Space Shuttle Discovery's Retirement Plan in Limbo

Shuttle Enterprise Smithsonian
The Smithsonian National Air & Space Museum was the original museum home of space shuttle Enterprise. The shuttle will eventually move to New York City and be replaced at the Smithsonian by Discovery. (Image credit: Dane Penland/NASM)

Space shuttle Discovery is readyto fly its final flight this week, but where it will make its last landing isstill up in the air.

Long thought destined for theSmithsonian, NASA's oldest flying orbiter may actually endup elsewhere unless the Washington, D.C. institution can find the millions ofdollars needed to prepare Discovery for delivery and display, has learned.

The first of NASA's threeremaining space shuttles set to retire after flying its last mission ? STS-133,scheduled to launch Nov. 3 at 3:52 p.m. EDT (1952 GMT)? Discovery has beenidentified by NASA since 2008 as being setaside for the Smithsonian.

"The National Air and SpaceMuseum has been offered the space shuttle Discovery," NASA spokesmanMichael Curie told almost two years ago when the agency firstannounced it would award its three orbiters ? Discovery, Atlantis and Endeavour? to museums.

Like the 20 other organizations that applied to NASAfor a retired orbiter though, the Smithsonian's National Air and Space Museum wouldneed to pay the then-estimated $42 million to prepare and transport Discoveryto the museum, Curie said.

The cost, which was lowered to $28.8million in January of this year, is still beyond the Smithsonian's reach andNASA is not in the position to underwrite the cost, sources close to both theinstitution and space agency told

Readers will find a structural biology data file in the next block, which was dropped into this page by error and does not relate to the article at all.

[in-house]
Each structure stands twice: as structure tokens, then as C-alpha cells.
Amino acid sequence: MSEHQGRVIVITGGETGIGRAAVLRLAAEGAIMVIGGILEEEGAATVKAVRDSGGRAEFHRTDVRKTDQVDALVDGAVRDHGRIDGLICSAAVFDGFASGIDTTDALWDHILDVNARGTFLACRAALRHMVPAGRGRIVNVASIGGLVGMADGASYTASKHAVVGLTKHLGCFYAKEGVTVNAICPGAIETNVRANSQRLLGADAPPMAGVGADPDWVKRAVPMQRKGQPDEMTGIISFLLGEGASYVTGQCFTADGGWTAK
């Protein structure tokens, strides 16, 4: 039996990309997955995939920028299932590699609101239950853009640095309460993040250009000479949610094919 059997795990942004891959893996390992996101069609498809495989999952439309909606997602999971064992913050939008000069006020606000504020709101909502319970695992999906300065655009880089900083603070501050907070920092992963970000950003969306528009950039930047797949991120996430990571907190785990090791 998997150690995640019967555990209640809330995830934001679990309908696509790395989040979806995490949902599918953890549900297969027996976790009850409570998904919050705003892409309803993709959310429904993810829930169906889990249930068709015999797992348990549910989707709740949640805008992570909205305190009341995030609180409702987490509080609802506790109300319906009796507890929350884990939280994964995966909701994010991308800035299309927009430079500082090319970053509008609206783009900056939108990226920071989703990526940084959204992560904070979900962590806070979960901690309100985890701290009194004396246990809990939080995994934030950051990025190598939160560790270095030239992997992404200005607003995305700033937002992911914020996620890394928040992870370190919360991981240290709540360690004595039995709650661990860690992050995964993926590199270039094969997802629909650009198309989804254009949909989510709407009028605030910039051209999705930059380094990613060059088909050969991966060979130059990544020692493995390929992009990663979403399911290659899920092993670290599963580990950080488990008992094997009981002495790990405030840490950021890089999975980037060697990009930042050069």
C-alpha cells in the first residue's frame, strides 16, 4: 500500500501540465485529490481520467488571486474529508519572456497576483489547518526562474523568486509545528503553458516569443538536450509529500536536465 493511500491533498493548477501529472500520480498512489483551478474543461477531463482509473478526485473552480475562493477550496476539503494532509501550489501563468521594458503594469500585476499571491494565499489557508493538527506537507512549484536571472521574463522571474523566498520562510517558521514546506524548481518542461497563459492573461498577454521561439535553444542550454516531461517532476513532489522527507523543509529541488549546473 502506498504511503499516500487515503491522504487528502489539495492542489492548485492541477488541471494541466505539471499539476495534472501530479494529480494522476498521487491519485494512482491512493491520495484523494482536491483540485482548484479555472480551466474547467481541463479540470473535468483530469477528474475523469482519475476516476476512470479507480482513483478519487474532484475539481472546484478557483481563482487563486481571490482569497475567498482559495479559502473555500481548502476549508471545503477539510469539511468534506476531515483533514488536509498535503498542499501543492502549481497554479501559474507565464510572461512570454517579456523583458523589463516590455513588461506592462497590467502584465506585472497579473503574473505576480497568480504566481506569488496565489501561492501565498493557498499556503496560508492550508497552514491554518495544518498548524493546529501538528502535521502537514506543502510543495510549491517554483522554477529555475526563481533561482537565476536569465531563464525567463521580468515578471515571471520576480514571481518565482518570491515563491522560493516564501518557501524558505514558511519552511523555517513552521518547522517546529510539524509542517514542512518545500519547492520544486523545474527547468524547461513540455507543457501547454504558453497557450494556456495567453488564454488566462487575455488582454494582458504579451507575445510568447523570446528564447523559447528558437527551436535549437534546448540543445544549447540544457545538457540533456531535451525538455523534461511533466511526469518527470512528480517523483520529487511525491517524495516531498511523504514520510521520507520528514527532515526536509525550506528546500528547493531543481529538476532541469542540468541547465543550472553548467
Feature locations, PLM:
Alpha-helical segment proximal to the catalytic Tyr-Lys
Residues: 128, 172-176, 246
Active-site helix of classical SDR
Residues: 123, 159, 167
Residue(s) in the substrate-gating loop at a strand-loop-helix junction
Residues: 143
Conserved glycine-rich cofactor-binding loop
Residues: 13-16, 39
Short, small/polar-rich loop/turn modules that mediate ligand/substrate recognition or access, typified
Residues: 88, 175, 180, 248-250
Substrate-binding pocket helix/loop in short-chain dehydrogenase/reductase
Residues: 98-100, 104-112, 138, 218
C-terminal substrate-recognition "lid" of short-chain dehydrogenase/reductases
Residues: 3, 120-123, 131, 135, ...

"What if" theSmithsonian cannot afford Discovery

"At this point, we're not ina position to go down the 'what if' road," said Robert Jacobs, NASA's deputyassociate administrator for communications.

"There have been discussionsbetween NASA and the Smithsonian about the issue," Jacobs said, "butI am not sure they are on-going at this point because the process has been puton hold."

According to Jacobs, NASA administratorCharles Bolden will ultimately make the final decision, but he has tabled alldiscussion of where Discovery or any of the orbiters are going for museumdisplay. [Gallery:Building Space Shuttle Discovery]

"We've had a lot of otherthings on the agency's plate besides where the orbiters are going to go,"said Jacobs. "The agency is focused on safely flying out themanifest."

Originally, NASA had said it wouldannounce the homes for the shuttles by the end of the summer, but schedulechanges ? including the delay of Endeavour's final flight to February and thepossible addition of another flight for Atlantis in June 2011 ? resulted in theagency delaying the news.

"They were pushing toward adecision, and [then] decided not to," said Jacobs.

The postponement has led toincreased speculation inside and outside of NASA. According to sources internalto the agency, whether Discovery still goes to the Smithsonian changes on aweek-by-week, if not day-by-day basis.

Inappropriate to comment

After initially agreeing toprovide interviews in support of this article, the Smithsonian refused commentand instead provided a brief written statement?

Continue reading at to learnthe Smithsonian?s response and the opinion of Discovery?s final commander.

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Robert Z. Pearlman Editor, Contributor

Robert Pearlman is a space historian, journalist and the founder and editor of, an online publication and community devoted to space history with a particular focus on how and where space exploration intersects with pop culture. Pearlman is also a contributing writer for and co-author of "Space Stations: The Art, Science, and Reality of Working in Space” published by Smithsonian Books in 2018. He previously developed online content for the National Space Society and Apollo 11 moonwalker Buzz Aldrin, helped establish the space tourism company Space Adventures and currently serves on the History Committee of the American Astronautical Society, the advisory committee for The Mars Generation and leadership board of For All Moonkind. In 2009, he was inducted into the U.S. Space Camp Hall of Fame in Huntsville, Alabama. In 2021, he was honored by the American Astronautical Society with the Ordway Award for Sustained Excellence in Spaceflight History.